Many pundits on the left and the mainstream media are currently lauding the President on his recent speeches in Milwaukee on Labor Day, and his "taking the figt to the opposition" speech in Cleveland. As proof that Obama is getting his mojo back, they point to the fact that he called out John Boehner by name on eight separate occasions in his speech in Cleveland, Boehner's back yard. Apparently, the Democrats and Obama have a new bogeyman to rail against- the orange-hued John Boehner. Of course, this tactic was used before shortly after the election in 2008 when practically every single publication out there- save conservative ones- proclaimed that Rush Limbaugh was the de facto leader of the G.O.P., then Sarah Palin, then Glenn Beck. Now, it's John Boehner. But, that will be the discussion of a future entry here.
Instead, I wish to look at some of the misleading statements Obama made in his Milwaukee speech which those on the left are now clamoring about. Turning his attention to social security reform, the President states: "And to those who may still run for office planning to privatize Social Security, let me be clear: as long as I'm President, I'll fight every effort to take the retirement savings of a generation of Americans and hand it over to Wall Street. Not on my watch." It is obvious that Obama has not taken the time to read or analyze Paul Ryan's "Roadmap for America." Fortunately, the CBO has read and analyzed it and came to the conclusion that if we continue on the current path- which is basically the Obama plan- benefits would have to be decreased 24% by 2037. Conversely, under the Ryan plan, Social Security would face no deficits and be solvent by 2069, if not sooner. Those under 55 years of age would be given the option of diverting up to 12.4% of their FICA taxes towards personal investment accounts and contributions would be guaranteed by the government. Additionally, contrary to the populist assertions by Obama that this will enrich Wall Street to the detriment to retirees, it is the government, not Wall Street brokers that would administer the plan. Investments certainly contain risk. But if you are 20 years old entering the labor market with a retirement age of 60, that is 40 years of contributions that could be gaining in value and insulated- because of the length of time- against the ebb and flow of the stock market. Simply put, it is nothing more than the Thrift Savings Plan offered to federal employees.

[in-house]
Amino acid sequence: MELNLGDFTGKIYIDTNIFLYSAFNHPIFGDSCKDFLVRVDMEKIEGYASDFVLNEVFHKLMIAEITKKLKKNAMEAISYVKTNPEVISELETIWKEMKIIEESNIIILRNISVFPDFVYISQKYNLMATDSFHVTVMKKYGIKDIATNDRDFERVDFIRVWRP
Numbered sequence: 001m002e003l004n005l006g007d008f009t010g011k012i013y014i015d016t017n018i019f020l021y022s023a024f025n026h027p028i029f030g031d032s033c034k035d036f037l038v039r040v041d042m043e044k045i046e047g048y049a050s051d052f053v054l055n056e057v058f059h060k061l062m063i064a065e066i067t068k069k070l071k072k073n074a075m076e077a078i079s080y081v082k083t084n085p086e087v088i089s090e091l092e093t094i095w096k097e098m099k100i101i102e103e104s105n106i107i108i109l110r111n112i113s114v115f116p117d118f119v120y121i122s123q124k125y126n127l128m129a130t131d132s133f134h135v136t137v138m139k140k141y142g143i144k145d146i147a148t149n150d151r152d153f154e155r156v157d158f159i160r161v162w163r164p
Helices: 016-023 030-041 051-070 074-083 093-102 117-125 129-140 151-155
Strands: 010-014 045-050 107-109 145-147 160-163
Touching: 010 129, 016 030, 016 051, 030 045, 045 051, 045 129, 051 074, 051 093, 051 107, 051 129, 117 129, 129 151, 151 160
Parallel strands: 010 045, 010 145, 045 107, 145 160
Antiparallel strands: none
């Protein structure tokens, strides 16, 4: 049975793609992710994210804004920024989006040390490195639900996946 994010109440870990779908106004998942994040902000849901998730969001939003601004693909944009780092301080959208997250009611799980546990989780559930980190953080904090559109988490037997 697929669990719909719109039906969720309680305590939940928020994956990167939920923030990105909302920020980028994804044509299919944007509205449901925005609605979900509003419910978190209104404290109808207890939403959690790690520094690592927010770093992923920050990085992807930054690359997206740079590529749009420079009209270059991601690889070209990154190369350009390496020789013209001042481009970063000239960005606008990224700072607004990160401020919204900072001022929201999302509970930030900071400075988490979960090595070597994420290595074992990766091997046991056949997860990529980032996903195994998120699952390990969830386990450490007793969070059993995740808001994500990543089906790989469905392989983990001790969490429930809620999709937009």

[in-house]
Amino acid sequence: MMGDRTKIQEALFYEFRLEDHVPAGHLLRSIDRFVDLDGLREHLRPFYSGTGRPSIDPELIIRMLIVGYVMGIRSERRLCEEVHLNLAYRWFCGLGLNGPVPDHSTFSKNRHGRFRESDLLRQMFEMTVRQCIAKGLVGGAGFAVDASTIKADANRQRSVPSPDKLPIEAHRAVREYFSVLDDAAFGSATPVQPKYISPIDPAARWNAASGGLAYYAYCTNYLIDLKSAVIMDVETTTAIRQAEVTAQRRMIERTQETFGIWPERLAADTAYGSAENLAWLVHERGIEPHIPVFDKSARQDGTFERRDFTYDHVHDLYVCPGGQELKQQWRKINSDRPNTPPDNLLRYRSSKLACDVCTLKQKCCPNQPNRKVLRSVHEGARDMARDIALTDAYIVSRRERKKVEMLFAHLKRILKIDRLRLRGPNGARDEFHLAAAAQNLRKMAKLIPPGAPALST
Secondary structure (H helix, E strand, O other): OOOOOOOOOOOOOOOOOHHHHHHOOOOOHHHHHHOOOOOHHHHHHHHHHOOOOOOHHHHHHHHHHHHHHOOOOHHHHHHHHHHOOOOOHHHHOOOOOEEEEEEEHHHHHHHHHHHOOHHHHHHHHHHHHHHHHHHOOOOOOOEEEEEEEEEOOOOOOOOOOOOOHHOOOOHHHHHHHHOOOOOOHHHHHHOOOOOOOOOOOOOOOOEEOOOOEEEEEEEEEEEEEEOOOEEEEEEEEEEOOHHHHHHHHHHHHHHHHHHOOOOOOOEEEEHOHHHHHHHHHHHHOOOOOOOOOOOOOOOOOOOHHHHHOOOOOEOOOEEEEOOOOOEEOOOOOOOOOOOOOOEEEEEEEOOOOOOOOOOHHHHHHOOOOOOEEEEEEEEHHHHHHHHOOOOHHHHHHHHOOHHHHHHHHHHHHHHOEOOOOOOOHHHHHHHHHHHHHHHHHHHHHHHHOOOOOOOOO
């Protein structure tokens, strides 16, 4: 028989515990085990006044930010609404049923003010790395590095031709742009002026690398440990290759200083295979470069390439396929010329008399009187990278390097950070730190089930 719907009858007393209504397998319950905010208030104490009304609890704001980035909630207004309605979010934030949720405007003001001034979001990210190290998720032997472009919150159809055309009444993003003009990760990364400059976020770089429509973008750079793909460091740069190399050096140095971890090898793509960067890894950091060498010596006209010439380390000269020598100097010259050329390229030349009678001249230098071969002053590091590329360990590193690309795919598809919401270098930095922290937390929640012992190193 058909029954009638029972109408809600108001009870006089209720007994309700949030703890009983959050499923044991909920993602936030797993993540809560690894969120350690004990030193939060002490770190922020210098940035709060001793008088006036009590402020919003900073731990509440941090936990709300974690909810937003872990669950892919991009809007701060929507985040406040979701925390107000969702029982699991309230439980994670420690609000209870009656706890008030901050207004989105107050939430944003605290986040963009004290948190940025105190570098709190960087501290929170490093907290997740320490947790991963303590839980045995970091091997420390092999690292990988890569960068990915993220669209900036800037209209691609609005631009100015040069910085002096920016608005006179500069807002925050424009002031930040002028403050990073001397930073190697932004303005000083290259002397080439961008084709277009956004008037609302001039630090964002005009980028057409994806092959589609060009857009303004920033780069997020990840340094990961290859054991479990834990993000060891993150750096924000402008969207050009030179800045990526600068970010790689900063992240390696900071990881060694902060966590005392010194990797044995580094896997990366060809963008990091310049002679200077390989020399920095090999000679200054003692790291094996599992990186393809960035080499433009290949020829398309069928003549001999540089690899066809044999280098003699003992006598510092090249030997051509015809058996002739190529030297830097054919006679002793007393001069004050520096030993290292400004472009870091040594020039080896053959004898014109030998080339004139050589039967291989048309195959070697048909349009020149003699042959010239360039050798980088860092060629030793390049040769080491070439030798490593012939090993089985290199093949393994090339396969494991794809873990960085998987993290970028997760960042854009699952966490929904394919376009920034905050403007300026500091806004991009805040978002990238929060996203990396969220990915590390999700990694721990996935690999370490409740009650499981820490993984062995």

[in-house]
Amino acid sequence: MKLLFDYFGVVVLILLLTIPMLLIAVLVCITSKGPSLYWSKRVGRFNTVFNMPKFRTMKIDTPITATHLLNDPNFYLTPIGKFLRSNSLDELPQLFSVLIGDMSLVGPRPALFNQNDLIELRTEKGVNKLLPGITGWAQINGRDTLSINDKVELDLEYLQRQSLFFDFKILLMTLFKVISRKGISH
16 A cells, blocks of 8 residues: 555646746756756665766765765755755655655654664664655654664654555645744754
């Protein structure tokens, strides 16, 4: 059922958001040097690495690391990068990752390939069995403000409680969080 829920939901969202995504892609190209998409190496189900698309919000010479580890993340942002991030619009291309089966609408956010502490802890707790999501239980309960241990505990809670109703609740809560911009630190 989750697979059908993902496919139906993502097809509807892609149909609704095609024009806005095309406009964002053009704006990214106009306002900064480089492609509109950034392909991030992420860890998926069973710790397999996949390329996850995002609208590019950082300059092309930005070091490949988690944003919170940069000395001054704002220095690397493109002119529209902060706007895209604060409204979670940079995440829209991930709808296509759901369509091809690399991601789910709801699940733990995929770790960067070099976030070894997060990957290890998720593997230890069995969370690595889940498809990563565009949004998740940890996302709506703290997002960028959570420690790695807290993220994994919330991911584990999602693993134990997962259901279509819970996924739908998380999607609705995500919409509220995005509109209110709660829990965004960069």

He stated: "That's why we've given tax cuts to small business owners. Tax cuts to clean energy companies..." In the next paragraph, he states: "That's why we're investing in growth industries like clean energy and manufacturing." Oh yes, the "green energy" nonsense. Obama likes to trot out this canard when discussing jobs. What he doesn't tell anyone are some, excuse me, inconvenient truths. For example, there is no mention of the failed Spanish model upon which the Obama plan is based. He doesn't mention that it took $151 million of stimulus funds to keep a factory in Michigan alive to employ 300 people. That's an investment of $503,333 per every person hired. The fact is that this plant in Michigan would not exist if not for the government subsidies because, quite frankly, there is no market for an electric car which currently markets for $100,000.